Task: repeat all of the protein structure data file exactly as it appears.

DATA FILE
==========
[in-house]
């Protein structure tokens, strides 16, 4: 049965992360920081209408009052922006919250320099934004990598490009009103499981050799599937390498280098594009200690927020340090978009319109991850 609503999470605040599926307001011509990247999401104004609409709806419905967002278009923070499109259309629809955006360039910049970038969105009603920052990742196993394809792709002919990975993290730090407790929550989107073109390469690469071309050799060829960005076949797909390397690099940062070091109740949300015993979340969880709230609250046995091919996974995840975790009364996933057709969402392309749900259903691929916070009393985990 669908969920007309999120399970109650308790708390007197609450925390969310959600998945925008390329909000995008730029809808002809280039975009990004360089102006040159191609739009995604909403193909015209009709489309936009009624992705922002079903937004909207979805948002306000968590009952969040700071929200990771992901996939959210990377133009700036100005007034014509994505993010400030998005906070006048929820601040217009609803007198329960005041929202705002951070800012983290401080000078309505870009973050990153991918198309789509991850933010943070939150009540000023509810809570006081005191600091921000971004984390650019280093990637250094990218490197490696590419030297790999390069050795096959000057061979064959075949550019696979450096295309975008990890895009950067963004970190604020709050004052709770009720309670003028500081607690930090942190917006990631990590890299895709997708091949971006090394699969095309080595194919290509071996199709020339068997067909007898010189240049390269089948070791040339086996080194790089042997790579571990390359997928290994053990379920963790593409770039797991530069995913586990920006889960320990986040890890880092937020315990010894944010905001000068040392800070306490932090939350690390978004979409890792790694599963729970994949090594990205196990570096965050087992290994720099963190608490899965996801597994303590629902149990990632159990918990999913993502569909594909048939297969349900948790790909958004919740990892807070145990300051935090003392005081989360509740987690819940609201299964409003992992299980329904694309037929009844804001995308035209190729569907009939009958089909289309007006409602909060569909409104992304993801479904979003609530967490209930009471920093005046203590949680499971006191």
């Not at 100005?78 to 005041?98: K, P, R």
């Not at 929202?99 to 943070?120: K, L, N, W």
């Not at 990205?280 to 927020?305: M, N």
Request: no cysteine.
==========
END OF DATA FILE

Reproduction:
[in-house]
């Protein structure tokens, strides 16, 4: 049965992360920081209408009052922006919250320099934004990598490009009103499981050799599937390498280098594009200690927020340090978009319109991850 609503999470605040599926307001011509990247999401104004609409709806419905967002278009923070499109259309629809955006360039910049970038969105009603920052990742196993394809792709002919990975993290730090407790929550989107073109390469690469071309050799060829960005076949797909390397690099940062070091109740949300015993979340969880709230609250046995091919996974995840975790009364996933057709969402392309749900259903691929916070009393985990 669908969920007309999120399970109650308790708390007197609450925390969310959600998945925008390329909000995008730029809808002809280039975009990004360089102006040159191609739009995604909403193909015209009709489309936009009624992705922002079903937004909207979805948002306000968590009952969040700071929200990771992901996939959210990377133009700036100005007034014509994505993010400030998005906070006048929820601040217009609803007198329960005041929202705002951070800012983290401080000078309505870009973050990153991918198309789509991850933010943070939150009540000023509810809570006081005191600091921000971004984390650019280093990637250094990218490197490696590419030297790999390069050795096959000057061979064959075949550019696979450096295309975008990890895009950067963004970190604020709050004052709770009720309670003028500081607690930090942190917006990631990590890299895709997708091949971006090394699969095309080595194919290509071996199709020339068997067909007898010189240049390269089948070791040339086996080194790089042997790579571990390359997928290994053990379920963790593409770039797991530069995913586990920006889960320990986040890890880092937020315990010894944010905001000068040392800070306490932090939350690390978004979409890792790694599963729970994949090594990205196990570096965050087992290994720099963190608490899965996801597994303590629902149990990632159990918990999913993502569909594909048939297969349900948790790909958004919740990892807070145990300051935090003392005081989360509740987690819940609201299964409003992992299980329904694309037929009844804001995308035209190729569907009939009958089909289309007006409602909060569909409104992304993801479904979003609530967490209930009471920093005046203590949680499971006191």
């Not at 100005?78 to 005041?98: K, P, R």
């Not at 929202?99 to 943070?120: K, L, N, W």
């Not at 990205?280 to 927020?305: M, N």
Request: no cysteine.